The current facility is about 22,000 square feet, Blackstock said, so the two-story expansion will be significant, including office space, a meeting room and storage space. Food bank leaders expressed some concern about being able to finish the project in time, because the grant money, funded by federal dollars and distributed by the state, comes with some requirements.
“We are on very, very, very strict timelines,” said Rebecca Thurman, director of operations. “It has to be finished by Dec. 31, 2023.”
All the grant must be spent by that deadline, she said, or else the food bank will not be able to continue to draw funds. Given current supply chain issues and rising construction material costs, the project could end up more expensive than the current plan.
Ten food bank projects around the state received grant funding through community development block grants, with a larger funding pool than in a typical year, fueled by CARES Act funds. The entire pot was about $43 million, and focused on expanding food banks’ capacity in case of another emergency like the COVID-19 pandemic.
The food bank applied through Hall County, and the Georgia Mountains Regional Commission helped write the application.
“The project was very strong, definitely we demonstrated that the need was there,” said Laruin Yoder, project manager for GMRC who helped write the application.
“It is a very significant and transformational opportunity for the food bank,” said Zach Propes, interim financial services director for Hall County.
The grant provides 75% of the money needed for Georgia Mountain Food Banks’ nearly $3 million project, so it will have to raise more than $700,000 by other means.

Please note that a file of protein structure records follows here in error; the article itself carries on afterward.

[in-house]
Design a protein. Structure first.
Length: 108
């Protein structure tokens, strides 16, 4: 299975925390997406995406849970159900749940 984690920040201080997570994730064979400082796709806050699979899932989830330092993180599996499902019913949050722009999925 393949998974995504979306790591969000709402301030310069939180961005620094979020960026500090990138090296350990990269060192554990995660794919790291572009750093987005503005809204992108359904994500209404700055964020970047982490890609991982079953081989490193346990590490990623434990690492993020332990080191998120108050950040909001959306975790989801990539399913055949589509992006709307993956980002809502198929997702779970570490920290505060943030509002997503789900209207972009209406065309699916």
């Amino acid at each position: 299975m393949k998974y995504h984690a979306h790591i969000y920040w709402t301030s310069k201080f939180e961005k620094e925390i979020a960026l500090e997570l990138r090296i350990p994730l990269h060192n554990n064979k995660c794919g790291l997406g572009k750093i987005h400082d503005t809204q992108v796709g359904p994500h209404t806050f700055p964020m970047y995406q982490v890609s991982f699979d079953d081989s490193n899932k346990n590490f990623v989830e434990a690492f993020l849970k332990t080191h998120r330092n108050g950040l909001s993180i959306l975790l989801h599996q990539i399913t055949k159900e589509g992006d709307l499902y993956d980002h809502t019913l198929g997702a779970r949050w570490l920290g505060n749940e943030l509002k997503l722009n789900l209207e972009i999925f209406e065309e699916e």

Officials hope that the county will chip in. The county has set aside about $4 million of its federal American Rescue Plan Act funds for local nonprofits through a grant application process. Decisions will be made in March, Propes said.
The application deadline expired at the end of 2021, and it will be competitive with 49 organizations asking for a total of $17.6 million.
The food bank saw a 30% increase in demand for all food in the last two years and about a 25% increase in demand for produce. High-nutrition foods were particularly difficult to come by when grocery stores had a hard time keeping fully stocked shelves.
“The majority of our product comes from retail salvage,” Thurman said. “You’ve seen what the grocery stores have been like and are being like again. So we’ve had to start purchasing food for the first time in our history.”
Having new refrigerated space will be better for food safety, storage and logistics.
“It’s about having the ability to be able to bring that in from the USDA and quickly get it back out into the local community,” said Danah Craft, executive director at Georgia Food Bank Association. “But a lot of the time it’s still got to stay one or two days inside the food bank coolers.”
Blackstock said they were planning on raising all of the money for the expansion through a capital campaign before the pandemic. “We didn’t have any idea that we would be able to do it this quickly. … now we need it more than ever.”